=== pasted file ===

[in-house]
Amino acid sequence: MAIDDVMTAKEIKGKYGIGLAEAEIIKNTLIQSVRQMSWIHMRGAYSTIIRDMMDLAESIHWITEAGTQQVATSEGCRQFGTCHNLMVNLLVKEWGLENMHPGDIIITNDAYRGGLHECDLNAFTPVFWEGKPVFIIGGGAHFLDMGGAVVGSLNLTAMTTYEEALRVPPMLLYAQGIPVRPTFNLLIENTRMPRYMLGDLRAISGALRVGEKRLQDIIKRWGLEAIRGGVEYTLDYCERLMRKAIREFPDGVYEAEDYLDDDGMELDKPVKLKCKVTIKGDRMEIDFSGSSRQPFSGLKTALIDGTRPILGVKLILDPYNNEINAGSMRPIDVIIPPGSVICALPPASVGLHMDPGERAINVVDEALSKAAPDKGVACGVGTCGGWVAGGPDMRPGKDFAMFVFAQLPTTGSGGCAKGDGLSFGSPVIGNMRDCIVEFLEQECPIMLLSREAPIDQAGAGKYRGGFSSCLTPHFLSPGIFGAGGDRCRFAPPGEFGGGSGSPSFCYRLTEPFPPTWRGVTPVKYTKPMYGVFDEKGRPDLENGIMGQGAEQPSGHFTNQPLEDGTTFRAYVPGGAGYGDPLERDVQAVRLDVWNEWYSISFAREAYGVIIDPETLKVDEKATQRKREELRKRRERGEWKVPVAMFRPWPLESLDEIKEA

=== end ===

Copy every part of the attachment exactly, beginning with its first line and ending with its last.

[in-house]
Amino acid sequence: MAIDDVMTAKEIKGKYGIGLAEAEIIKNTLIQSVRQMSWIHMRGAYSTIIRDMMDLAESIHWITEAGTQQVATSEGCRQFGTCHNLMVNLLVKEWGLENMHPGDIIITNDAYRGGLHECDLNAFTPVFWEGKPVFIIGGGAHFLDMGGAVVGSLNLTAMTTYEEALRVPPMLLYAQGIPVRPTFNLLIENTRMPRYMLGDLRAISGALRVGEKRLQDIIKRWGLEAIRGGVEYTLDYCERLMRKAIREFPDGVYEAEDYLDDDGMELDKPVKLKCKVTIKGDRMEIDFSGSSRQPFSGLKTALIDGTRPILGVKLILDPYNNEINAGSMRPIDVIIPPGSVICALPPASVGLHMDPGERAINVVDEALSKAAPDKGVACGVGTCGGWVAGGPDMRPGKDFAMFVFAQLPTTGSGGCAKGDGLSFGSPVIGNMRDCIVEFLEQECPIMLLSREAPIDQAGAGKYRGGFSSCLTPHFLSPGIFGAGGDRCRFAPPGEFGGGSGSPSFCYRLTEPFPPTWRGVTPVKYTKPMYGVFDEKGRPDLENGIMGQGAEQPSGHFTNQPLEDGTTFRAYVPGGAGYGDPLERDVQAVRLDVWNEWYSISFAREAYGVIIDPETLKVDEKATQRKREELRKRRERGEWKVPVAMFRPWPLESLDEIKEA